Explore

M'Chigeeng
First Nation

Points of Interest

Ojibwe Cultural Foundation

State of the art community centre, gym and library in the heart of the village.

Lillian's Museum

A wonderful permanent collection of First Nation art and crafts, especially porcupine quill work, augmented by education videos on aspects of First Nation culture. It features a unique quill box museum.

Great Spirit Circle Trail

Listen and learn from the stories and legends, discover the warmth of the people, the vibrant culture and traditional activities while canoeing, glamping, hiking, horseback riding and legendary cultural adventures. Let us share our culture with you, and embark on amazing and memorable experiences unfound anywhere else in the world. Book experiences online by visiting www.circletrail.com, call toll free 1-877-710-3211 to speak to one of our friendly booking agents, or drop by our information centre (5905 Hwy 540, M’Chigeeng, Ontario P0P1G0), to learn more.

Immaculate Conception Church

An architecturally interesting Roman Catholic Church which incorporates elements of native tradition in both design and content.

About 
M'Chigeeng

M’Chigeeng First Nation has it all: a beautiful public sand beach on the North Channel of Lake Huron (beside the street from Highway 540 that leads to Manitoulin Secondary School) as well as a great deal more North Channel shoreline. In addition, about one-quarter of the shoreline of Lake Mindemoya defines that corner of the First Nation territory.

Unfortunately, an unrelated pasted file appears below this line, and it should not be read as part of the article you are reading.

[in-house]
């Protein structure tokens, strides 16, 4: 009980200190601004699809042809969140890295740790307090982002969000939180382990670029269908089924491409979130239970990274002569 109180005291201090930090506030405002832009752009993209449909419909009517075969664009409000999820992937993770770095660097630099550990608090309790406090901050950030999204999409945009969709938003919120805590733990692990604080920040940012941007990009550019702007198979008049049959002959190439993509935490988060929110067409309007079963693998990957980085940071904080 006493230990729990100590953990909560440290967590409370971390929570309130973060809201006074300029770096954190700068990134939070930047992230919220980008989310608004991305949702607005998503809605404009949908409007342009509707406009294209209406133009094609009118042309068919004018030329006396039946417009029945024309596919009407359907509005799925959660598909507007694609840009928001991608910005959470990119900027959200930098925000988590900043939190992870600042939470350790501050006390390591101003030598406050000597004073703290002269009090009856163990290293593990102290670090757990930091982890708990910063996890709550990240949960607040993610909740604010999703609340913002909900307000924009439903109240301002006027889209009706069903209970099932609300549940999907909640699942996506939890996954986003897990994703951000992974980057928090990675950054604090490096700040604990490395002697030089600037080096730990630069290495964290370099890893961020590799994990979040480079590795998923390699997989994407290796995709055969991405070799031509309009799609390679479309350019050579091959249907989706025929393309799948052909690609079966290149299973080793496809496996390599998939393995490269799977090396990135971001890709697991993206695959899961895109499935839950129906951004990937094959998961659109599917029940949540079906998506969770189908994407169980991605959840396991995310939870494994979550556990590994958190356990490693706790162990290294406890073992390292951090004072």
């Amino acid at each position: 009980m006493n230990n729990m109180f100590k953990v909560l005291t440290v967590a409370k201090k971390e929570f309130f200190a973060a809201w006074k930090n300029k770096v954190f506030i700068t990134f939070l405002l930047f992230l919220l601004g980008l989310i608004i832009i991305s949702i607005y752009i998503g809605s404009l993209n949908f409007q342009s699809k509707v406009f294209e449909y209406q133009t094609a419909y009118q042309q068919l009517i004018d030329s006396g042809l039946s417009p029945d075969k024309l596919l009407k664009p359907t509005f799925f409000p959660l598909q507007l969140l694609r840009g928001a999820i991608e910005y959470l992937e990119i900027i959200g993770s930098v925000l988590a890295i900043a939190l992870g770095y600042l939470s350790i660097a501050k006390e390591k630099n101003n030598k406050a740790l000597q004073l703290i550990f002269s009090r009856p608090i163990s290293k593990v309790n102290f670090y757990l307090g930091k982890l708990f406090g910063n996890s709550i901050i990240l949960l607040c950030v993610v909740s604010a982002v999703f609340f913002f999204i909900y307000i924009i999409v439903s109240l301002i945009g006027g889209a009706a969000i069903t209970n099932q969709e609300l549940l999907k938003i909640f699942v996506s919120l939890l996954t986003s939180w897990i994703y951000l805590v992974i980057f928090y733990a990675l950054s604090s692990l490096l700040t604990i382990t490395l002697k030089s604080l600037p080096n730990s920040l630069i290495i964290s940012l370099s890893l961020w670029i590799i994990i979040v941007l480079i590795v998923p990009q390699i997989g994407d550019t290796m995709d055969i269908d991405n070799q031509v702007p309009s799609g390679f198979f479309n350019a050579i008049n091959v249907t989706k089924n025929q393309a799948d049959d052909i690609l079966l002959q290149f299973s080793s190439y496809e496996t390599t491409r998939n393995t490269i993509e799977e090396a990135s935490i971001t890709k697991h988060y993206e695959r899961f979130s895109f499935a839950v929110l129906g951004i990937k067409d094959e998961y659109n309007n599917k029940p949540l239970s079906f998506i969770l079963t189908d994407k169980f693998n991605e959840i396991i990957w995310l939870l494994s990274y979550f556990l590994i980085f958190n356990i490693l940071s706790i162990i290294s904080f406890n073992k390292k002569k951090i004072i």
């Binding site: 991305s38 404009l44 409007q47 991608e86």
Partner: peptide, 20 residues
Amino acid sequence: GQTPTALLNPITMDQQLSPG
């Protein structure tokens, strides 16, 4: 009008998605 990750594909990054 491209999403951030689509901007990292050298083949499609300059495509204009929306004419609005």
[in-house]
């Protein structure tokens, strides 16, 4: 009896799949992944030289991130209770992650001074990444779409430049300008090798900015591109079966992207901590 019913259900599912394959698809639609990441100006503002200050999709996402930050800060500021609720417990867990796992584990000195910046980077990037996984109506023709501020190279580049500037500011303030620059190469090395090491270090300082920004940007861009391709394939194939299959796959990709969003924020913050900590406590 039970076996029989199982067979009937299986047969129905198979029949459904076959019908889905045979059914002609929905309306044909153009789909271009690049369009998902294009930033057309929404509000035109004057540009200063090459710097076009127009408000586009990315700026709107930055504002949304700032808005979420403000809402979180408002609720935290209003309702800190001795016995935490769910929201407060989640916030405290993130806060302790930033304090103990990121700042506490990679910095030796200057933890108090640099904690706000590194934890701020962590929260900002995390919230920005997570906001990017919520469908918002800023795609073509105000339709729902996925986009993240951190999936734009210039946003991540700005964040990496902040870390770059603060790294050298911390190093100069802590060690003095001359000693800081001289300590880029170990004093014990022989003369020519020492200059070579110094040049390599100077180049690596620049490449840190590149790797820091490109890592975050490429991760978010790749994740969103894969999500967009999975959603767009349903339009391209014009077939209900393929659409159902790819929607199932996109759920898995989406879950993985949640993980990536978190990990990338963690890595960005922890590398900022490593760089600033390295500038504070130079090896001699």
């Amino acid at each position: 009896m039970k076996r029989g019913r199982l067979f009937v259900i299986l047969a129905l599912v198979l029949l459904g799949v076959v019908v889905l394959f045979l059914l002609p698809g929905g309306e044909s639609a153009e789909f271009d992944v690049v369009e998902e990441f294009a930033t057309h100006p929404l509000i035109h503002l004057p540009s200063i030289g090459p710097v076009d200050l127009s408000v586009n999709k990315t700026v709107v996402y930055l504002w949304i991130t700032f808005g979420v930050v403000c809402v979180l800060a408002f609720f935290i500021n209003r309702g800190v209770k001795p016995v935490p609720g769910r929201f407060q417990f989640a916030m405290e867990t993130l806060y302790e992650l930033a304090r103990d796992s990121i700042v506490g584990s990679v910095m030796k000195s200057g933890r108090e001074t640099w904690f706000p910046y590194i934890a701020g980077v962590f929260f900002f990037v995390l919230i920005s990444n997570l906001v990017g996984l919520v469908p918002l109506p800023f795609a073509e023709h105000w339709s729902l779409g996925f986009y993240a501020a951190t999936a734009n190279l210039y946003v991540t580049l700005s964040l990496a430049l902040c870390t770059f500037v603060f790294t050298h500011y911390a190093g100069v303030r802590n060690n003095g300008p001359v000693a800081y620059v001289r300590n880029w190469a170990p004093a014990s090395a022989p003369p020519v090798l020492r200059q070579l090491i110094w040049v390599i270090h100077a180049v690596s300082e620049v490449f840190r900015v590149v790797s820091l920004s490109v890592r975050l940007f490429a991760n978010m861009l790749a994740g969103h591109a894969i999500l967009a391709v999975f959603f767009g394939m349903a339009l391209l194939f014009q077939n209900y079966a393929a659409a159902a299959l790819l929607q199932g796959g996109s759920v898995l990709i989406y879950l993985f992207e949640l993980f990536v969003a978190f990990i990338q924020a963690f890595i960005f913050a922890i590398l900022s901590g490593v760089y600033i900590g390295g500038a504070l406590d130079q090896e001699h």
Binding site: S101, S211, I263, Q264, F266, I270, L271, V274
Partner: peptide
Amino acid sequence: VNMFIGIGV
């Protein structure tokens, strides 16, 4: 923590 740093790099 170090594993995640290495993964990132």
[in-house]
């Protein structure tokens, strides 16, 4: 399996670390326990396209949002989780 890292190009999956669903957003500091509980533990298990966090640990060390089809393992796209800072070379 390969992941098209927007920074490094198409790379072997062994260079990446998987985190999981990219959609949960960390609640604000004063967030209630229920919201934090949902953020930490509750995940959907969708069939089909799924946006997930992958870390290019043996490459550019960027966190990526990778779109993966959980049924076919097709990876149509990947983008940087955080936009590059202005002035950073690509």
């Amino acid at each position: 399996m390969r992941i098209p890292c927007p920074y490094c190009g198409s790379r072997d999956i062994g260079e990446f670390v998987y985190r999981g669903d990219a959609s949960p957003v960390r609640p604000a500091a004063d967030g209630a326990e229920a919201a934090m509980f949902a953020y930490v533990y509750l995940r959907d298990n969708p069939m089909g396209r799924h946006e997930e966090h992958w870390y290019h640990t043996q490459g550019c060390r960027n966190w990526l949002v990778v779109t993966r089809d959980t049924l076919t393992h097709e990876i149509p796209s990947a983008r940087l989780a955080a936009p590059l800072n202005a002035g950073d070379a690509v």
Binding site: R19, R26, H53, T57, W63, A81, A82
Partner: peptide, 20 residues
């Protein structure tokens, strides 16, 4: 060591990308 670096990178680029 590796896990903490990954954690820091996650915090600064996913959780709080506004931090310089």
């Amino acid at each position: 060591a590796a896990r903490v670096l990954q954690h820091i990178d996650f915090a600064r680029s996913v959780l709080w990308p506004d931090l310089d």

M’Chigeeng is located along Highway 540, midway between Little Current and Gore Bay.

Highway 551, that runs from Highway 540 over to Mindemoya is the community’s other main thoroughfare and the intersection of these two highways is the hub of much of this vibrant First Nation’s public activities. The imposing band administration offices are nearby, so is (almost across highway 551 from it) Immaculate Conception Roman Catholic Church, set back in a peaceful piney grove. The church is unique. It was built where its predecessors church stood until it burned (with a loss of one life) but the present church took a new form. It is circular, a shape of immense significance to Indigenous people, and the pews inside follow the curving walls while the alter is the centerpiece of this amphitheatre style house of worship. The stations of the cross around the sanctuary were rendered by Leland Bell, one of the early practitioners of the Woodland School of Art on Manitoulin.

The M’Chigeeng Arena is in this neighbourhood too in a complex it shares with the large community hall, Seasons Restaurant, offices for community groups and the post office.

On the other side of the road, beside the band administration office, is the striking Ojibwe Cultural Foundation (OCF), a building and organization dedicated to maintaining and strengthening the Ojibwe language and culture in all its forms.

The front gateway to the building is framed by a sculpture in Manitoulin limestone of a shamanic family and when a visitor approaches the OCF and passes through this installation they are, however briefly, a part of this tradition.